You may remember that the Transportation Security Administration massively failed a basic test this last summer. Have they improved since then?
According to Jeff Jacoby in the Boston Globe,
That was in June. In July, a new TSA chief pledged to lawmakers that within 60 days “we will have trained the failure out of the front line” of airport screening personnel. So how do things stand four months later?
The House Oversight and Government Reform Committee held a hearing on that question last week, with Homeland Security Inspector General John Roth as the key witness. Roth reported the findings of a new round of undercover testing at US airports, and he didn’t beat about the bush.
“The test results were disappointing and troubling,” he said. “The results were consistent across every airport. . . . The failures included failures in the technology, failures in TSA procedures, and human error. We found layers of security simply missing.’’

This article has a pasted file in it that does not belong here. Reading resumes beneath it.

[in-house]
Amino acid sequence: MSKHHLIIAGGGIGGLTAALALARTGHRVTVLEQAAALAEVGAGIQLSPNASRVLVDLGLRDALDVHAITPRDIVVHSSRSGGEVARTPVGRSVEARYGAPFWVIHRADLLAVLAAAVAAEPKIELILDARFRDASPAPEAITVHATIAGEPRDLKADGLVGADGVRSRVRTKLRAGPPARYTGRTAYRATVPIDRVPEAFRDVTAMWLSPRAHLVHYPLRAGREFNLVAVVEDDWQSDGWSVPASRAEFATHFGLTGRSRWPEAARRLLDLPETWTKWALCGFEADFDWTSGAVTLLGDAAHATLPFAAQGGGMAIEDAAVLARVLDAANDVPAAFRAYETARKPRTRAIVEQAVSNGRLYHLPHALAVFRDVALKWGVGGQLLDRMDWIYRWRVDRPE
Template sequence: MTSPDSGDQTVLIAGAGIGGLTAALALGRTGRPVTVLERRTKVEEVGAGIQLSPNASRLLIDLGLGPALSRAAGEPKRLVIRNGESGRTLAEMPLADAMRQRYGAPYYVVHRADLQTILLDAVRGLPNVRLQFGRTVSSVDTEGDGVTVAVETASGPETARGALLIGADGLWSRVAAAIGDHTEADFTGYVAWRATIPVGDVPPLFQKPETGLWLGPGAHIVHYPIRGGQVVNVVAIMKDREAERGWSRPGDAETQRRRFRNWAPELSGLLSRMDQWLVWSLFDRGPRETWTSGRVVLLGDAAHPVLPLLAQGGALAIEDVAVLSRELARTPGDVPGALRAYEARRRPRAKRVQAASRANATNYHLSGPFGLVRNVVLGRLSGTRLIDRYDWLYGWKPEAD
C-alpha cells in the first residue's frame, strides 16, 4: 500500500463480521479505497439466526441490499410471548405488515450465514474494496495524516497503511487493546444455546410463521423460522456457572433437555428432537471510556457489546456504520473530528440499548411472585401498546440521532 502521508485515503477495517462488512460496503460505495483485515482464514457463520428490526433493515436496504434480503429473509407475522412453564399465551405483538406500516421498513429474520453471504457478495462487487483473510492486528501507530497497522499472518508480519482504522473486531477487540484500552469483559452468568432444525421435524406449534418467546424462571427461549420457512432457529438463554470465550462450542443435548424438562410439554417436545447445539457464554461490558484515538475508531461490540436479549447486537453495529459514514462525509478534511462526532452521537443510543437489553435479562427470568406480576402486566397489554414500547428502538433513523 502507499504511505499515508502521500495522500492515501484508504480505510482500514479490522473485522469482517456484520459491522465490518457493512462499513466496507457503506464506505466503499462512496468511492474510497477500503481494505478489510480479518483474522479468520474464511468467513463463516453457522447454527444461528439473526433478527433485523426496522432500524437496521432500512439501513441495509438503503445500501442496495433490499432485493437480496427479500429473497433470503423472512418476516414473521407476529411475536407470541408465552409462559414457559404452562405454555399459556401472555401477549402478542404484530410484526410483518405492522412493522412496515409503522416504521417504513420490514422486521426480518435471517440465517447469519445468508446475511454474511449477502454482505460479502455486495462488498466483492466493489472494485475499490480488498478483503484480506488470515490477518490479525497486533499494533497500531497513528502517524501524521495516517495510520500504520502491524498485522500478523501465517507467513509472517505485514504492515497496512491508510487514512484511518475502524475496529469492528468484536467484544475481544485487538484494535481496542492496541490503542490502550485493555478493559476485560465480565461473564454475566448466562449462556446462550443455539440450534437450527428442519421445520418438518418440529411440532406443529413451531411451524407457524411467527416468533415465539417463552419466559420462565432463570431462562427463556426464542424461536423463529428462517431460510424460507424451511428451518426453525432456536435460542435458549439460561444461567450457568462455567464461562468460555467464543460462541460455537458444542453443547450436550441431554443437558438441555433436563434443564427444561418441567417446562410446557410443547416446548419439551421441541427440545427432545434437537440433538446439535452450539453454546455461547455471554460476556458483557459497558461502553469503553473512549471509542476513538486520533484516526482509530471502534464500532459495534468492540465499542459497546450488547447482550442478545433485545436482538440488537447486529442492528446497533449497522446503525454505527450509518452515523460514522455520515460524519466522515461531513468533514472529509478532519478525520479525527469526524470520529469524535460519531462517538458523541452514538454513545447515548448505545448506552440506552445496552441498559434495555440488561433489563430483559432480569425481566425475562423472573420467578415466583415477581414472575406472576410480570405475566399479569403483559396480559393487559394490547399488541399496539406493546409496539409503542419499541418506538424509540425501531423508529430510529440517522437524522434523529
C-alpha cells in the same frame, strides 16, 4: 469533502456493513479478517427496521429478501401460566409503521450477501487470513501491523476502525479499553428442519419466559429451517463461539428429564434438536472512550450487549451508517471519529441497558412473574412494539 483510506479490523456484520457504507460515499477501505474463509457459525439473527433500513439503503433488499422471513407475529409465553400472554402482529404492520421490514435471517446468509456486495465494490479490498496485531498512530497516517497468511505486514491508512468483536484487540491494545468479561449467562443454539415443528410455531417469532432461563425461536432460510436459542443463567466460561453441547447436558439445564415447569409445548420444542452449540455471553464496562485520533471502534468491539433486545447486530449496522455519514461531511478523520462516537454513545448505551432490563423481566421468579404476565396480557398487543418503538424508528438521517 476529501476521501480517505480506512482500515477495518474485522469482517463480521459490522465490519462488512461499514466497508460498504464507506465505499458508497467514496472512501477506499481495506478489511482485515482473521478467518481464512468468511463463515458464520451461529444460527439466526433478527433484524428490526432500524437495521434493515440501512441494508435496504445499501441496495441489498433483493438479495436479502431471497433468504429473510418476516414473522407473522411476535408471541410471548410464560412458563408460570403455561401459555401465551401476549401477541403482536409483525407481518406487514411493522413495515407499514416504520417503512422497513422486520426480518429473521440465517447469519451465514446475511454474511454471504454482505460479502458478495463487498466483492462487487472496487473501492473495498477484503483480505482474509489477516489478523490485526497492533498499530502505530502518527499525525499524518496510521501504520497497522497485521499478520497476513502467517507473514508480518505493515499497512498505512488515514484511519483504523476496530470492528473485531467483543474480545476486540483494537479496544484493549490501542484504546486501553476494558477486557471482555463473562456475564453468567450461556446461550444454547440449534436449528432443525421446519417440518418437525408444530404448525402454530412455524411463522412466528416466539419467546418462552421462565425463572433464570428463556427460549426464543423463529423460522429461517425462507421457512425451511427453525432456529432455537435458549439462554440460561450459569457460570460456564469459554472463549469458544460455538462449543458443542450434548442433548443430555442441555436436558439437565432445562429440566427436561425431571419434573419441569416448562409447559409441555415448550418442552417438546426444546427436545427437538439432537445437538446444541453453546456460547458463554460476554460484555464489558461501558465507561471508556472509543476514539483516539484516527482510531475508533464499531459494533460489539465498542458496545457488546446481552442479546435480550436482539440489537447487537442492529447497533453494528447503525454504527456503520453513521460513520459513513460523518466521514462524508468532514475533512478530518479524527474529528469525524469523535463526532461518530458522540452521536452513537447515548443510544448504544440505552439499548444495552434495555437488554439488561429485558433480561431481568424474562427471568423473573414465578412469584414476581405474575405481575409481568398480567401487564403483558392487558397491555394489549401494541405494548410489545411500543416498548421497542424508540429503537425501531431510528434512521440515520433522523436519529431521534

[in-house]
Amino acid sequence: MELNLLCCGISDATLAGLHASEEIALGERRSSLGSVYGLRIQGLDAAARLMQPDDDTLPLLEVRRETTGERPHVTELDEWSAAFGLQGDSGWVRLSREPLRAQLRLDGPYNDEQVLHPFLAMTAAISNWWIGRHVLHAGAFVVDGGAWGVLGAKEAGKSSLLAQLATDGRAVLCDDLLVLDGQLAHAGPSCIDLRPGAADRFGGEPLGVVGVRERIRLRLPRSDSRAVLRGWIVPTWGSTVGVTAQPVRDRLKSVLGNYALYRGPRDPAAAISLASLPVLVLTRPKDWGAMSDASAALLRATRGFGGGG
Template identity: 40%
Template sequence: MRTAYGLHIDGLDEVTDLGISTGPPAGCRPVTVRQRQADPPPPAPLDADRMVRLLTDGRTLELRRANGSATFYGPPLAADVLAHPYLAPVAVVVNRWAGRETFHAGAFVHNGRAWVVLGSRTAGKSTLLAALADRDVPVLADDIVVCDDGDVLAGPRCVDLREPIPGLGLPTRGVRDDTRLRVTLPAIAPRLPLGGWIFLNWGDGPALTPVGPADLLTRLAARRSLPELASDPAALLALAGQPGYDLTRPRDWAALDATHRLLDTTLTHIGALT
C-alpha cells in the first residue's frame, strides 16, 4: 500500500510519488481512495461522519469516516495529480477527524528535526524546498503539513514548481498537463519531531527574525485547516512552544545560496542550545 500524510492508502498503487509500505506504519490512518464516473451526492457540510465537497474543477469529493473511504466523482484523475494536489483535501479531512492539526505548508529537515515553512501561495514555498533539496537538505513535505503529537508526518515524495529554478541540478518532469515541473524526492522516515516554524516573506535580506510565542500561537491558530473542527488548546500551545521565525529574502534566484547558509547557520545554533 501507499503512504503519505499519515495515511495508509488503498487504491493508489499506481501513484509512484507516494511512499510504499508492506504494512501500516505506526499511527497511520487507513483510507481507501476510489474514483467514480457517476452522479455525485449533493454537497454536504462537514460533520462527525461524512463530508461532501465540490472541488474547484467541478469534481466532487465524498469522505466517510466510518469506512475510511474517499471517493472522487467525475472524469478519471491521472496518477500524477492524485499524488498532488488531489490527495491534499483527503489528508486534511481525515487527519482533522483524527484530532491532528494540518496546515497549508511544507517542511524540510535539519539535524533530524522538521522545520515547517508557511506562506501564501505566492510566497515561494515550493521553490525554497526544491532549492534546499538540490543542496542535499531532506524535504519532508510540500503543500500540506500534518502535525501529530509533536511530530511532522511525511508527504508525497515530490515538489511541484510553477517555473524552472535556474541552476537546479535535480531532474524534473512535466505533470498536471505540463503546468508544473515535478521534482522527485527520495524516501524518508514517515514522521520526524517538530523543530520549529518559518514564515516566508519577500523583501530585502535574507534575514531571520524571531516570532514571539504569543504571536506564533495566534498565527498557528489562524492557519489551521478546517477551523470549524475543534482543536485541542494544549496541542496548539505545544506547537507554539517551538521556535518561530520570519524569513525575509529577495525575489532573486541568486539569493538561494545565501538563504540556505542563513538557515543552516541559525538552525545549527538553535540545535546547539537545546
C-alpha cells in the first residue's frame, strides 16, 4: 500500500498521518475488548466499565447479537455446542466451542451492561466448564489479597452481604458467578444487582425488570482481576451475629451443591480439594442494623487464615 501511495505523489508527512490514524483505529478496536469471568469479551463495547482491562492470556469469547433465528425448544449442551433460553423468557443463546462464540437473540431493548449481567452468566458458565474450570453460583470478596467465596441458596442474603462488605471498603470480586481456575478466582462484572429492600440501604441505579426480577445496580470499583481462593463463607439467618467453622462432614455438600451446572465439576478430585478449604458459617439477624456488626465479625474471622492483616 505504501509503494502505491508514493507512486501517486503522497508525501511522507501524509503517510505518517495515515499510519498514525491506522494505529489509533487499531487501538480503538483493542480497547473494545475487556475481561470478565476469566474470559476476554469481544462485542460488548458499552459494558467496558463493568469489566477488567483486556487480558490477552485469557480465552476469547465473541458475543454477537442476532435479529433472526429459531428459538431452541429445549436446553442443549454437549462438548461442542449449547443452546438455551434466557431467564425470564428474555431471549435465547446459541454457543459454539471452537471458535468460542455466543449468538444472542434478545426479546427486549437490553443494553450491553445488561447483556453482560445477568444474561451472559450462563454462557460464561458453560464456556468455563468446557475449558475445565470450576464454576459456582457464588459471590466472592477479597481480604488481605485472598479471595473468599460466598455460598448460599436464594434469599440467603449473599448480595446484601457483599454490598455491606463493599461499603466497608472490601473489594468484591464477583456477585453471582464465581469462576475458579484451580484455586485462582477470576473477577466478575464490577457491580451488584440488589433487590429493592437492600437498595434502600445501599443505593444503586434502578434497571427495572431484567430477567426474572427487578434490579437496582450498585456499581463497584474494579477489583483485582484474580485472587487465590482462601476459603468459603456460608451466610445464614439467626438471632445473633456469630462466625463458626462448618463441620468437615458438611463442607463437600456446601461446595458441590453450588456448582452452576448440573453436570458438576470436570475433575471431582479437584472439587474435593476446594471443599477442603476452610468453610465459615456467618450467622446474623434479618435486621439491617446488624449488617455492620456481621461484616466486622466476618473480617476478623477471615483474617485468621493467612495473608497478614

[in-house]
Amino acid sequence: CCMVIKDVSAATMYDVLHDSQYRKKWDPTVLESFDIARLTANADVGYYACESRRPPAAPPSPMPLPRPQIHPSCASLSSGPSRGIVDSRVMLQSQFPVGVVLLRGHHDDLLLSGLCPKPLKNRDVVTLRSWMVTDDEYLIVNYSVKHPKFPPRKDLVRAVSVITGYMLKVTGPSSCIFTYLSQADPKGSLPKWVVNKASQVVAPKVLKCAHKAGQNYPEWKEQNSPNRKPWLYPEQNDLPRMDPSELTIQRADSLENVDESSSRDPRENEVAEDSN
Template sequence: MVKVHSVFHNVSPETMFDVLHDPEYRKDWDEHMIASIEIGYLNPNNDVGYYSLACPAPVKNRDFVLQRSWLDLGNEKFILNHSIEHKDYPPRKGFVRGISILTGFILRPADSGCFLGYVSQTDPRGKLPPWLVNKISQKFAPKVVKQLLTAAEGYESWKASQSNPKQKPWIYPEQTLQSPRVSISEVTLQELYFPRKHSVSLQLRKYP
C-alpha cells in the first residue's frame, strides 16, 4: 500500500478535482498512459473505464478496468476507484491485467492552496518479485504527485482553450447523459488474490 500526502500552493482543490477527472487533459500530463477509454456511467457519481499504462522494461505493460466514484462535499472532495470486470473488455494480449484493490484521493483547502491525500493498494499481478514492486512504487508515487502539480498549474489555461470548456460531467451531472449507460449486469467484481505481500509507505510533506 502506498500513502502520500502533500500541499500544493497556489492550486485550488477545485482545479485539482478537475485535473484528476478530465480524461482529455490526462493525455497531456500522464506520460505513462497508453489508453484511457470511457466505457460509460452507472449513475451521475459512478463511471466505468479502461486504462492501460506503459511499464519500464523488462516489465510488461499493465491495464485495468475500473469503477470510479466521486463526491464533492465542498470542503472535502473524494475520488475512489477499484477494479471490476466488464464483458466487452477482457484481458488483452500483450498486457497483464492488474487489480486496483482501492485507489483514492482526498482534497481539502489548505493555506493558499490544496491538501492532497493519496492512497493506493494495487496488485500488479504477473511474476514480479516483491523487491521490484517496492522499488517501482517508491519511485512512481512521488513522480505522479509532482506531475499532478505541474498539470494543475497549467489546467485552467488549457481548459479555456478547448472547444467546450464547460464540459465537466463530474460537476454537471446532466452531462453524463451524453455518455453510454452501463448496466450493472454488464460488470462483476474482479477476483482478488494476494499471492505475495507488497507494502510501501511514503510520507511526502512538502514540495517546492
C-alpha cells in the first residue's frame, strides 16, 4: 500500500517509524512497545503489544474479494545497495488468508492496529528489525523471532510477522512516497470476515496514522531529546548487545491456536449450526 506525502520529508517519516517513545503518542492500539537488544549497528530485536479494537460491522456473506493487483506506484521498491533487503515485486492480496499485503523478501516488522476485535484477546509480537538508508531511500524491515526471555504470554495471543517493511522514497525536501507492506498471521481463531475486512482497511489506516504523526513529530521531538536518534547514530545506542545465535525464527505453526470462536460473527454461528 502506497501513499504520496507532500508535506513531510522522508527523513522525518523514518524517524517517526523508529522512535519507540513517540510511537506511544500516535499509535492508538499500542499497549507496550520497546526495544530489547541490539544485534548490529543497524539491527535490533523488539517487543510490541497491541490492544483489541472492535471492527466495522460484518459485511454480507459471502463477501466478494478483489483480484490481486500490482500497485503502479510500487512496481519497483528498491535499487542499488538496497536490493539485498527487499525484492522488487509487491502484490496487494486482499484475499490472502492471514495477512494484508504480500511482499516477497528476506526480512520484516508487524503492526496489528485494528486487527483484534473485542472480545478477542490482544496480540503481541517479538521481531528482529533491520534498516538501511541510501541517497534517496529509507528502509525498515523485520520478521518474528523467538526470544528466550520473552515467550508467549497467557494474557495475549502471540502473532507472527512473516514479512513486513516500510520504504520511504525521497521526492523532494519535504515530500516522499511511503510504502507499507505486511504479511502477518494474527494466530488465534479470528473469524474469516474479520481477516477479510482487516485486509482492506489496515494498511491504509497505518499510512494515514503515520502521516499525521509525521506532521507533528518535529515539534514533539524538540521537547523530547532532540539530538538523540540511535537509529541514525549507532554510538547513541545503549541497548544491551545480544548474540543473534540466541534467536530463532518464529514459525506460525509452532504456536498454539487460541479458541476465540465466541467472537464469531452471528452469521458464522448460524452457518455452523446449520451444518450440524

In short, yet another fiasco. And the government’s response? Yet another directive from Homeland Security that “an immediate plan of action be created to correct deficiencies uncovered by our testing.”
And if they don’t fix themselves this time then we’ll… come up with another “immediate plan of action”?
I like Jacoby’s plan better:
Let’s face it: The Transportation Security Administration, which annually costs taxpayers more than $7 billion, should never have been created. The responsibility for airport security should never have been federalized, let alone entrusted to a bloated, inflexible workforce. Former TSA administrator Kip Hawley calls it “a national embarrassment that our airport security system remains so hopelessly bureaucratic” and warns that “the relationship between the public and the TSA has become too poisonous to be sustained.” More tests and more failures won’t fix that. Scrapping the TSA would.
Fearmongers might howl, but abolishing the agency wouldn’t make air travel less secure. Given the TSA’s 95 percent failure rate, it would likely make it more secure. The airlines themselves should bear the chief responsibility for protecting planes and passengers at airports. After all, they have powerful financial incentives to ensure that flights are free of danger, while at the same time minimizing the indignities to which customers are subjected. Their bottom line would be at stake. The TSA feels no such spur.
Stop torturing the American people with the TSA! Put them out of our misery.